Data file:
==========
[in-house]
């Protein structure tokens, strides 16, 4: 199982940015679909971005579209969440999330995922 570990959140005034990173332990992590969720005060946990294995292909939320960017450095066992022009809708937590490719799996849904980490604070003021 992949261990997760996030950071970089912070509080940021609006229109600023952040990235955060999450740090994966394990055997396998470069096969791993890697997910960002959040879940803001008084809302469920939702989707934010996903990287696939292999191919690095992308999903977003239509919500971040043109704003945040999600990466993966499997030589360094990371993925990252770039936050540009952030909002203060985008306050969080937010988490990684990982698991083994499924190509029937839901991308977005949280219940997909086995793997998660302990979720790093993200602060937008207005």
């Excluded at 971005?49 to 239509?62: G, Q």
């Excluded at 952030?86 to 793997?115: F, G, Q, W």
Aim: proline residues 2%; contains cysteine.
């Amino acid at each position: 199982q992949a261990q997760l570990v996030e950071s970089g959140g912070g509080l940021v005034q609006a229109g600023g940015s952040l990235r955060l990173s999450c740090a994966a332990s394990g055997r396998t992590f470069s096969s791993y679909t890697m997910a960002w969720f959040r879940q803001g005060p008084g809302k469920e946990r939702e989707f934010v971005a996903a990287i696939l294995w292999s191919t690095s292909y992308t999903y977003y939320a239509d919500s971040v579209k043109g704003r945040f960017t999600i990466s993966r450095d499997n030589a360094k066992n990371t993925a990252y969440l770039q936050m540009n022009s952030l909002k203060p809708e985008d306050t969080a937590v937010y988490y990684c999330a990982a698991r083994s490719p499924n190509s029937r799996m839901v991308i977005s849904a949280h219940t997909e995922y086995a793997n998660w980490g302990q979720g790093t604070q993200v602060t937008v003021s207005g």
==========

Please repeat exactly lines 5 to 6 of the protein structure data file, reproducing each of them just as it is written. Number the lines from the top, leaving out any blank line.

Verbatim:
Aim: proline residues 2%; contains cysteine.
């Amino acid at each position: 199982q992949a261990q997760l570990v996030e950071s970089g959140g912070g509080l940021v005034q609006a229109g600023g940015s952040l990235r955060l990173s999450c740090a994966a332990s394990g055997r396998t992590f470069s096969s791993y679909t890697m997910a960002w969720f959040r879940q803001g005060p008084g809302k469920e946990r939702e989707f934010v971005a996903a990287i696939l294995w292999s191919t690095s292909y992308t999903y977003y939320a239509d919500s971040v579209k043109g704003r945040f960017t999600i990466s993966r450095d499997n030589a360094k066992n990371t993925a990252y969440l770039q936050m540009n022009s952030l909002k203060p809708e985008d306050t969080a937590v937010y988490y990684c999330a990982a698991r083994s490719p499924n190509s029937r799996m839901v991308i977005s849904a949280h219940t997909e995922y086995a793997n998660w980490g302990q979720g790093t604070q993200v602060t937008v003021s207005g």